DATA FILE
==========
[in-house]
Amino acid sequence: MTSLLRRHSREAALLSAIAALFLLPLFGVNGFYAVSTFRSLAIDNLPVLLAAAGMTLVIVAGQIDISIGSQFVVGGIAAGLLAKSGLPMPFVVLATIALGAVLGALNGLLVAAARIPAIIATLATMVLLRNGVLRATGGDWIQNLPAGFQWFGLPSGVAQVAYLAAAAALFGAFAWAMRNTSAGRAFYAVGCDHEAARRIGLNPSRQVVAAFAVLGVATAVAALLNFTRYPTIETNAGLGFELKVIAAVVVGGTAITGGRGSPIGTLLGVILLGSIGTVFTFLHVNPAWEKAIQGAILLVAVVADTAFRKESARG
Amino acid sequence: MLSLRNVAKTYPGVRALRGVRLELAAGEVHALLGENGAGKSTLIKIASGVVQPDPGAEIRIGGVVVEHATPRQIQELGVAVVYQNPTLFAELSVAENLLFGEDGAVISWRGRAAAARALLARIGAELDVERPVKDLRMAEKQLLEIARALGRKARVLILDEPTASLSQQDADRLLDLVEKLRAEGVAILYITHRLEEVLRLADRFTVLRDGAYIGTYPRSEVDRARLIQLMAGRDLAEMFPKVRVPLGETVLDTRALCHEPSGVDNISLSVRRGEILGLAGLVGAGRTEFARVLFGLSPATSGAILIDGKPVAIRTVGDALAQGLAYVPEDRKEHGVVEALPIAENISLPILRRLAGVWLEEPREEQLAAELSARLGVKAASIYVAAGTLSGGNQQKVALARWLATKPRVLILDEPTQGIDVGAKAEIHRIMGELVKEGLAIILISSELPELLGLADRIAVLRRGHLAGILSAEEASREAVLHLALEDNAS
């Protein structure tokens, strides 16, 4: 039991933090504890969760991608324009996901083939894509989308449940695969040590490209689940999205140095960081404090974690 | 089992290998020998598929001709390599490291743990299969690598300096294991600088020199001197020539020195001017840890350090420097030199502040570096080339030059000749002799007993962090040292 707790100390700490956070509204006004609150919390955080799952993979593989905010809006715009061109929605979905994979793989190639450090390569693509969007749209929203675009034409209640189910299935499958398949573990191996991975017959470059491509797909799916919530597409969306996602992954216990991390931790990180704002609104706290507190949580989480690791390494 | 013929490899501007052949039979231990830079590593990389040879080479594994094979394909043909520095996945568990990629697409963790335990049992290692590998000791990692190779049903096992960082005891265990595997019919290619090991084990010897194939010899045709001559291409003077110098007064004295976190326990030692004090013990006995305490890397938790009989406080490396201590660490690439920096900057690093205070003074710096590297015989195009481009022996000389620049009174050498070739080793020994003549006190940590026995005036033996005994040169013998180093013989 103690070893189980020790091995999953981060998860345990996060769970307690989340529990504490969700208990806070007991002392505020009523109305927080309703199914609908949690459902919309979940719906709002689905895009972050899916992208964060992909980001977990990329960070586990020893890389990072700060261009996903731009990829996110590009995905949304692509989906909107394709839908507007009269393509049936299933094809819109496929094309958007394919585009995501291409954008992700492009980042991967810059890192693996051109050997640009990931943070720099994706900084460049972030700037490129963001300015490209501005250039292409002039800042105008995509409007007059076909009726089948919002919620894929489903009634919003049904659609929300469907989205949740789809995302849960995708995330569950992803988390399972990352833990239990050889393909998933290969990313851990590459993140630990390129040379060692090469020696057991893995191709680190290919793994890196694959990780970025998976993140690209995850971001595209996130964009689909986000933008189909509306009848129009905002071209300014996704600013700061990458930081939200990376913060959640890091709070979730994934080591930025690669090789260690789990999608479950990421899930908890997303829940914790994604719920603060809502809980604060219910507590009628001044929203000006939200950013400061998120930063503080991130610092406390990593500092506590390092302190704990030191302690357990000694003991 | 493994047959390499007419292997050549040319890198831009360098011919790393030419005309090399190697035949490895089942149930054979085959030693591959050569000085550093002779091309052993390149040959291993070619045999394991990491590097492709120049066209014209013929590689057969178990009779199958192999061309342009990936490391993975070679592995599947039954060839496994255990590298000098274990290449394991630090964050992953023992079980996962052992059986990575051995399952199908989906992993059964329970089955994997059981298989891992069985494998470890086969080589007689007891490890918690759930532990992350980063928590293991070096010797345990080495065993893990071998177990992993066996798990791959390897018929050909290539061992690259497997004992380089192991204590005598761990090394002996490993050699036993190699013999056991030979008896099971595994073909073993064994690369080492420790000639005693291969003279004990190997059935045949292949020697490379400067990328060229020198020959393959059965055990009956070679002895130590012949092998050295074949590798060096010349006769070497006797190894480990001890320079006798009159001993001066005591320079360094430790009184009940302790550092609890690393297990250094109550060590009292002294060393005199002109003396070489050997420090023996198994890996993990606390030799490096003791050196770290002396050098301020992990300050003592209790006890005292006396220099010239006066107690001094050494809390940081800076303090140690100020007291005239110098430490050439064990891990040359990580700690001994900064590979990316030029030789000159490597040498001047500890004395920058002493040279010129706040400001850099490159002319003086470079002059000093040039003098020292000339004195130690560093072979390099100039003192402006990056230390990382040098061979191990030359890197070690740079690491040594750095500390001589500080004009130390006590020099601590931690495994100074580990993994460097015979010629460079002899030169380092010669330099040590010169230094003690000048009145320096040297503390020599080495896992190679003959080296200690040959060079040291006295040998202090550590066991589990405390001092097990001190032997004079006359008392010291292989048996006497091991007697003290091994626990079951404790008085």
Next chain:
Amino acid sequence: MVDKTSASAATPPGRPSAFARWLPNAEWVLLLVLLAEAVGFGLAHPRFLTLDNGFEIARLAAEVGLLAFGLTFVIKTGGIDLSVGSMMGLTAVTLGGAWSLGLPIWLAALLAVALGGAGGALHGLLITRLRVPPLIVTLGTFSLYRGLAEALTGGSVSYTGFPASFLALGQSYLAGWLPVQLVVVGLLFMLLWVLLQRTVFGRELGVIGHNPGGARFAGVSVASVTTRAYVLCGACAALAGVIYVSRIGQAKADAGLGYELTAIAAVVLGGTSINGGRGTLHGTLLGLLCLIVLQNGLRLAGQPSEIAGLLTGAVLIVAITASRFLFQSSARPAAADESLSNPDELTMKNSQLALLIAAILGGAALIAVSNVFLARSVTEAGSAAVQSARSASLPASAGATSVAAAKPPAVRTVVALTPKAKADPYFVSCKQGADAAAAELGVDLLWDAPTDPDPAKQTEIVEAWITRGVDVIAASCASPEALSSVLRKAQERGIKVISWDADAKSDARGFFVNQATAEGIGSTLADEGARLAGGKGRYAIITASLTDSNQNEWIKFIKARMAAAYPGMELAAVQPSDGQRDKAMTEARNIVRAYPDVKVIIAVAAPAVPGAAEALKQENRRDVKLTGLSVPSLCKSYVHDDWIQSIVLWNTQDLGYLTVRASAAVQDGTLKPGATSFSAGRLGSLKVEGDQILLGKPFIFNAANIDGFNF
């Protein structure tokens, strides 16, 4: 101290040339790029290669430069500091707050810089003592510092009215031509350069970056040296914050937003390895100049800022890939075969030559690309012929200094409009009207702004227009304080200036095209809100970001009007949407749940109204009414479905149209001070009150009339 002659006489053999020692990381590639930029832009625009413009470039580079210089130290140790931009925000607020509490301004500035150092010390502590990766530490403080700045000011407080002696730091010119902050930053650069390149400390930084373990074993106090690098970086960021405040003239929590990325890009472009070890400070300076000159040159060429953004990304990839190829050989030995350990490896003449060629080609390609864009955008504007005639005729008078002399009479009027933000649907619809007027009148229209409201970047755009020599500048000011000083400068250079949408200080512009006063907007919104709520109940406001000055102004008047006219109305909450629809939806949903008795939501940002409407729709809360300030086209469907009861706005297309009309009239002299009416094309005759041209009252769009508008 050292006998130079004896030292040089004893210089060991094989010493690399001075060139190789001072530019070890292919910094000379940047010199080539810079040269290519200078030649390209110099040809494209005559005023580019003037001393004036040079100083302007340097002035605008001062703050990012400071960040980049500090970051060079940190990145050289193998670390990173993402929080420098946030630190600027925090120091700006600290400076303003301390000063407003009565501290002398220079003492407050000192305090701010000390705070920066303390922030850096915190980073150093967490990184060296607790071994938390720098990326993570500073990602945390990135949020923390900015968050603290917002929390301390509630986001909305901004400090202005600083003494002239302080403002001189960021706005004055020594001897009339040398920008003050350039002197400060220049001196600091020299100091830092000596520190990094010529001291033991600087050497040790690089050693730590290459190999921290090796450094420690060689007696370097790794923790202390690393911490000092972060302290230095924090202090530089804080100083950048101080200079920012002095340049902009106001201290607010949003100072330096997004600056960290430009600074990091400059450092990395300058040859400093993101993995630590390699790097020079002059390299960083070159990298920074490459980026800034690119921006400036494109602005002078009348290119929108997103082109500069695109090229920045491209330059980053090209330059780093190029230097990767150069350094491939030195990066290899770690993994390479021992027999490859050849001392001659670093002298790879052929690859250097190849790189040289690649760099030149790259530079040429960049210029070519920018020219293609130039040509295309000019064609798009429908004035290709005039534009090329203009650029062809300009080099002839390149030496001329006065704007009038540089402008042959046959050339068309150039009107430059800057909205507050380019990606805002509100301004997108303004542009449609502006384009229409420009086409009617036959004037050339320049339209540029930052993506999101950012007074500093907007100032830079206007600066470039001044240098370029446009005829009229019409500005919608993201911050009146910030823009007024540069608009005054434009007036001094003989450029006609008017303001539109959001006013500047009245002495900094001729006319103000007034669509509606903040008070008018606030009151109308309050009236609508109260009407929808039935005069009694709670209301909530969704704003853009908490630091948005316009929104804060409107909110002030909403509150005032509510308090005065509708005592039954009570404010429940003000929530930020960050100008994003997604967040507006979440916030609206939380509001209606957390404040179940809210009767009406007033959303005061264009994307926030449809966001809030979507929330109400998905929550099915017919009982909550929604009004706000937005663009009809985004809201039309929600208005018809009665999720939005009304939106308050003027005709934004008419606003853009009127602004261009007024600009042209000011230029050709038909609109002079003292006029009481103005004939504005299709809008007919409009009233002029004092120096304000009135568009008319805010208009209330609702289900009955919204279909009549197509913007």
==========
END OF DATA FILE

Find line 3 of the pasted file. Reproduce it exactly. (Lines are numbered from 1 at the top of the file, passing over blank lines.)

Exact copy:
Amino acid sequence: MLSLRNVAKTYPGVRALRGVRLELAAGEVHALLGENGAGKSTLIKIASGVVQPDPGAEIRIGGVVVEHATPRQIQELGVAVVYQNPTLFAELSVAENLLFGEDGAVISWRGRAAAARALLARIGAELDVERPVKDLRMAEKQLLEIARALGRKARVLILDEPTASLSQQDADRLLDLVEKLRAEGVAILYITHRLEEVLRLADRFTVLRDGAYIGTYPRSEVDRARLIQLMAGRDLAEMFPKVRVPLGETVLDTRALCHEPSGVDNISLSVRRGEILGLAGLVGAGRTEFARVLFGLSPATSGAILIDGKPVAIRTVGDALAQGLAYVPEDRKEHGVVEALPIAENISLPILRRLAGVWLEEPREEQLAAELSARLGVKAASIYVAAGTLSGGNQQKVALARWLATKPRVLILDEPTQGIDVGAKAEIHRIMGELVKEGLAIILISSELPELLGLADRIAVLRRGHLAGILSAEEASREAVLHLALEDNAS